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Illinois Attorney General Lisa Madigan
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June 8, 2010

*****CONSUMER ALERT*****CONSUMER ALERT*****

ATTORNEY GENERAL LISA MADIGAN WARNS SENIORS TO WATCH OUT FOR MEDICARE FRAUD

Chicago — Attorney General Lisa Madigan is warning seniors and other Medicare beneficiaries to be on the lookout for scams and other fraudulent efforts expected to be prevalent this summer. Today’s alert by Madigan comes as the first tax-free $250 doughnut hole rebate checks are mailed out to Medicare beneficiaries who have fallen into the coverage gap.

Madigan’s warning today is in response to a request from U.S. Secretary of Health and Human Services Kathleen Sebelius and Attorney General of the United States Eric Holder urging them to work with HHS and federal, state, and local law enforcement officials on Medicare fraud education.

“I am pleased to join with Secretary Sebelius and Attorney General Holder in this effort to ensure seniors and other Medicare beneficiaries don’t fall prey to scams,” said Madigan.

“Older Illinoisans are often the targets of scams,” said Madigan. “With the rollout of the new health care reform law, scam artists will be devising new ways to take advantage of seniors. It is critical that Illinois seniors have the information and resources they need to recognize fraud and avoid it.”

Federal officials are already hearing reports of scam artists approaching seniors and other Medicare beneficiaries and claiming that they need to provide their personal information in order to receive the $250 doughnut hole rebate check. Attorney General Madigan warns that that the $250 checks will be mailed automatically to eligible Medicare recipients and that consumers do not need to provide any personal information such as Medicare, Social Security, or bank account numbers to anyone who calls them about a rebate. Consumers should call 1-800-MEDICARE (1-800-633-4227) to report anyone who attempts to solicit personal information for this purpose. TTY users should call 1-877-486-2048.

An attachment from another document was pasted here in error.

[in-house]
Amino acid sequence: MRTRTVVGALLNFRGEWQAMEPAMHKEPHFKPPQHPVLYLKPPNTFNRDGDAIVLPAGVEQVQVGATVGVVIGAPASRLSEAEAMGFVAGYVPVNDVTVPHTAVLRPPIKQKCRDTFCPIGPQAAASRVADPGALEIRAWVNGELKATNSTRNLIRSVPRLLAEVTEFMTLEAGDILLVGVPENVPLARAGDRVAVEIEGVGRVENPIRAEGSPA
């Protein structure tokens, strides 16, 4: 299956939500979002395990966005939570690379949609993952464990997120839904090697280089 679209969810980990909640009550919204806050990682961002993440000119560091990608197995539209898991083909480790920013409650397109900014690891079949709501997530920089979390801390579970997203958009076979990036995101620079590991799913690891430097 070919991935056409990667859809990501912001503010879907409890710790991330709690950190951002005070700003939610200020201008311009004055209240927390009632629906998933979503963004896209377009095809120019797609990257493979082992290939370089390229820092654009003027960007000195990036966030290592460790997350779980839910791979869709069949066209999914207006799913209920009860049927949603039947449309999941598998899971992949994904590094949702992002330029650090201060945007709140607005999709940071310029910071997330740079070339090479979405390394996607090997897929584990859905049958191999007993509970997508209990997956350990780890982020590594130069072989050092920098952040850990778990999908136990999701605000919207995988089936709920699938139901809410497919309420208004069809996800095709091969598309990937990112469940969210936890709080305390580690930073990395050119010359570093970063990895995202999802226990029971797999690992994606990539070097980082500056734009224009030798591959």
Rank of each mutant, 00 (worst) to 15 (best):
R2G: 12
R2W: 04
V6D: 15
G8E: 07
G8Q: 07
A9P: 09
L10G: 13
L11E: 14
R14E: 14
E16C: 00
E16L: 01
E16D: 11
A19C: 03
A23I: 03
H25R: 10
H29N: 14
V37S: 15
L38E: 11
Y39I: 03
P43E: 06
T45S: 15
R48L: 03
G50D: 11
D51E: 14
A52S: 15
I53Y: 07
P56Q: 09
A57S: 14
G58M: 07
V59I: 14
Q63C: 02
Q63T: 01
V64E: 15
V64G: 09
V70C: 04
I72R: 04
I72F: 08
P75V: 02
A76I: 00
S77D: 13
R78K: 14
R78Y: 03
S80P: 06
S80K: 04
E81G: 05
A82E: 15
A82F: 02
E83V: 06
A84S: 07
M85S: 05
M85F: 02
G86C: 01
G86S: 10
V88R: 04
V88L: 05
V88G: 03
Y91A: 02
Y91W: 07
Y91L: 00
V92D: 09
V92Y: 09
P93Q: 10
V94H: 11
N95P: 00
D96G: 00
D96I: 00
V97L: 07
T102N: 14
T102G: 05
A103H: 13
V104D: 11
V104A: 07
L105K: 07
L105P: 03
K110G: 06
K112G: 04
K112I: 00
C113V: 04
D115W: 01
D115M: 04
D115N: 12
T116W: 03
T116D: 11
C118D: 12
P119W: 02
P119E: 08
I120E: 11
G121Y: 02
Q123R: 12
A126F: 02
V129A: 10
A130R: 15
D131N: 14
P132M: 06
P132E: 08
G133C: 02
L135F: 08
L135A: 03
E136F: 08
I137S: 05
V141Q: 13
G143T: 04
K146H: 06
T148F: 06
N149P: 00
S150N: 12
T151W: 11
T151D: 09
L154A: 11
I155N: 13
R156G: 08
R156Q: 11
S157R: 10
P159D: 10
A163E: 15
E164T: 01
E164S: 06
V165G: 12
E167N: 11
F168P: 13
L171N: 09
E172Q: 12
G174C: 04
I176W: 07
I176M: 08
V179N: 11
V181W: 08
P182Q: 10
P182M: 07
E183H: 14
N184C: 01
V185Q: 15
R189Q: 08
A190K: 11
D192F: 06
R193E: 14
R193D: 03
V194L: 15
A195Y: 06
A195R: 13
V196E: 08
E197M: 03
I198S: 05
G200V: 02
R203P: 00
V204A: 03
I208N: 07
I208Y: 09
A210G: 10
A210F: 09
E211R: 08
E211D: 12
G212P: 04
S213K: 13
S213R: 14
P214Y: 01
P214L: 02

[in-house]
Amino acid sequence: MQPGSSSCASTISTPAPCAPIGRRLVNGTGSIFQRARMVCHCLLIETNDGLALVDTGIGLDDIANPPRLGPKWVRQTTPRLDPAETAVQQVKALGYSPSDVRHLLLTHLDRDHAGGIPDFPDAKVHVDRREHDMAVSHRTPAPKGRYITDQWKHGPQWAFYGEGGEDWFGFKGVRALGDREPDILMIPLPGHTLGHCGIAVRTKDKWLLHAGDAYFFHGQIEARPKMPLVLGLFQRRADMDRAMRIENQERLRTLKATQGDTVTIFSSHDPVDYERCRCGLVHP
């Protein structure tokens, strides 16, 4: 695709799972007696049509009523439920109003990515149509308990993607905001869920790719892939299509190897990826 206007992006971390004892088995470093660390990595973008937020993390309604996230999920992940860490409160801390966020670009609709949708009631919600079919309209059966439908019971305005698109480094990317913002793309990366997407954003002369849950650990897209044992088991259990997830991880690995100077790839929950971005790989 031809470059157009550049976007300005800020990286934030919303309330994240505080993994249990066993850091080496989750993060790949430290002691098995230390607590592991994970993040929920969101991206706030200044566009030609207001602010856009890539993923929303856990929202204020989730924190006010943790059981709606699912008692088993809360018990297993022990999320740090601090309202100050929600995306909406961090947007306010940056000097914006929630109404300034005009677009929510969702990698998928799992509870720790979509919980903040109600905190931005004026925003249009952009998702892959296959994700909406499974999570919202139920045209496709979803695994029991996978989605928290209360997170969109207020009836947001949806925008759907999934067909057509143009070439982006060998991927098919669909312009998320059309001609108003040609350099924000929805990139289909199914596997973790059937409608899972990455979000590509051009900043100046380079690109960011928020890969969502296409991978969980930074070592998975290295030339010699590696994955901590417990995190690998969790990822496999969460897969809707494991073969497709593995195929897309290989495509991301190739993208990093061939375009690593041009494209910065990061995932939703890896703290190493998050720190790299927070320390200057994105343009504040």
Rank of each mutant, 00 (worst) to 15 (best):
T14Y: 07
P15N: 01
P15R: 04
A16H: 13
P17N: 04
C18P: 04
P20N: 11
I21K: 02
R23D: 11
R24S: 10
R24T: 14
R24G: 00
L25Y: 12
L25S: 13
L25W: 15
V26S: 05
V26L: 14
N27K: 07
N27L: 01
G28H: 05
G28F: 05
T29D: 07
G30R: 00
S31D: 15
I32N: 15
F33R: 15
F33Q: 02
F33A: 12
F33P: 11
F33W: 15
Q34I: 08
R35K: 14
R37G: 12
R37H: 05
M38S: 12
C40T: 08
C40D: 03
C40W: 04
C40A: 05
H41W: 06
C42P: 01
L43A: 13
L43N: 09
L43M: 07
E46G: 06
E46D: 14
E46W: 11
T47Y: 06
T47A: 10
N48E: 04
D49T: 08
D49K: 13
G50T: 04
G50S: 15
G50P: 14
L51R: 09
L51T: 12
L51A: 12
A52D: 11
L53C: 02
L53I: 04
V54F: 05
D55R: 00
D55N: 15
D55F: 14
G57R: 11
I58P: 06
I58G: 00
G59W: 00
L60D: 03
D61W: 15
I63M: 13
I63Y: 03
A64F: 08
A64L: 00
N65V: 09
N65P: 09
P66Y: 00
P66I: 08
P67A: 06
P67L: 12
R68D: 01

Madigan also reports that consumers have received calls from scam artists who claim that the new health care reform law requires that Medicare recipients obtain a new Medicare card. These scam artists request the Medicare recipient’s personal information, such as checking account number and Social Security number. If this happens, Madigan advises consumers to hang up the phone and call one of the numbers listed above to report the call.

Any Illinoisans who have concerns about potential Medicare fraud scams should reach out immediately to their local law enforcement office or immediately call Attorney General Madigan’s Seniors Fraud Hotline at 800-243-5377 or the Consumer Fraud Hotline at:

800-386-5438 (Chicago)
800-243-0618 (Springfield)
800- 243-0607 (Carbondale)

Madigan’s office routinely conducts informational programs on Medicare fraud scams as part of a consumer education program that she launched earlier this year to ensure that seniors have the knowledge necessary to protect themselves from con artists and deceptive practices. The Attorney General’s office has taken this training program, known as the Silver Beat program, to seniors across the state. In addition, the office has distributed flyers and consumer alerts on the Medicare scam to senior centers across the state, to AARP and other senior service organizations.

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